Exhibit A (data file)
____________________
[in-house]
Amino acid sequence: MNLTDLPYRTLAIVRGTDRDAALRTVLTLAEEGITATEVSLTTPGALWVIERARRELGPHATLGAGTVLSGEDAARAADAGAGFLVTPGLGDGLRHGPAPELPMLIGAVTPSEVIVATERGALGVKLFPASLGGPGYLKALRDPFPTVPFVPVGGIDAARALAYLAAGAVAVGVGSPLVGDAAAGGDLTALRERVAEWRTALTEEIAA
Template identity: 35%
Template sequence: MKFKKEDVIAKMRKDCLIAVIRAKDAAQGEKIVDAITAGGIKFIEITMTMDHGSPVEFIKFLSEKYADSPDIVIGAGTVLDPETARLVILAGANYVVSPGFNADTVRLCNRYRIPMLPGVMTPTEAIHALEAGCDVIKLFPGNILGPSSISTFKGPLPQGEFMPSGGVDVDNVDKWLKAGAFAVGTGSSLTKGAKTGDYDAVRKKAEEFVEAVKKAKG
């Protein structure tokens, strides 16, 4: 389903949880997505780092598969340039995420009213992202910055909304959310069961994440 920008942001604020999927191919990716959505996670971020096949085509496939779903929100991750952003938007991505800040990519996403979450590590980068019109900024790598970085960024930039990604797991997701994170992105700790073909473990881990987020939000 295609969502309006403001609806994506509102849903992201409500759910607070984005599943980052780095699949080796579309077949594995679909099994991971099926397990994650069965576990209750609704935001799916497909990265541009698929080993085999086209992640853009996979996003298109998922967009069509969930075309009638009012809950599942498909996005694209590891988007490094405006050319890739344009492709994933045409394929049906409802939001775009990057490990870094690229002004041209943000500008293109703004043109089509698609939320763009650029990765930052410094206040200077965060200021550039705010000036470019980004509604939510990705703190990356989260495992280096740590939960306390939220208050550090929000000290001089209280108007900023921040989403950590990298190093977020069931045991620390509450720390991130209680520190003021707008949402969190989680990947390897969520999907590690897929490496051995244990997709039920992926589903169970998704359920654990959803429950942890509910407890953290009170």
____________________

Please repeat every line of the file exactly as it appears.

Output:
[in-house]
Amino acid sequence: MNLTDLPYRTLAIVRGTDRDAALRTVLTLAEEGITATEVSLTTPGALWVIERARRELGPHATLGAGTVLSGEDAARAADAGAGFLVTPGLGDGLRHGPAPELPMLIGAVTPSEVIVATERGALGVKLFPASLGGPGYLKALRDPFPTVPFVPVGGIDAARALAYLAAGAVAVGVGSPLVGDAAAGGDLTALRERVAEWRTALTEEIAA
Template identity: 35%
Template sequence: MKFKKEDVIAKMRKDCLIAVIRAKDAAQGEKIVDAITAGGIKFIEITMTMDHGSPVEFIKFLSEKYADSPDIVIGAGTVLDPETARLVILAGANYVVSPGFNADTVRLCNRYRIPMLPGVMTPTEAIHALEAGCDVIKLFPGNILGPSSISTFKGPLPQGEFMPSGGVDVDNVDKWLKAGAFAVGTGSSLTKGAKTGDYDAVRKKAEEFVEAVKKAKG
């Protein structure tokens, strides 16, 4: 389903949880997505780092598969340039995420009213992202910055909304959310069961994440 920008942001604020999927191919990716959505996670971020096949085509496939779903929100991750952003938007991505800040990519996403979450590590980068019109900024790598970085960024930039990604797991997701994170992105700790073909473990881990987020939000 295609969502309006403001609806994506509102849903992201409500759910607070984005599943980052780095699949080796579309077949594995679909099994991971099926397990994650069965576990209750609704935001799916497909990265541009698929080993085999086209992640853009996979996003298109998922967009069509969930075309009638009012809950599942498909996005694209590891988007490094405006050319890739344009492709994933045409394929049906409802939001775009990057490990870094690229002004041209943000500008293109703004043109089509698609939320763009650029990765930052410094206040200077965060200021550039705010000036470019980004509604939510990705703190990356989260495992280096740590939960306390939220208050550090929000000290001089209280108007900023921040989403950590990298190093977020069931045991620390509450720390991130209680520190003021707008949402969190989680990947390897969520999907590690897929490496051995244990997709039920992926589903169970998704359920654990959803429950942890509910407890953290009170």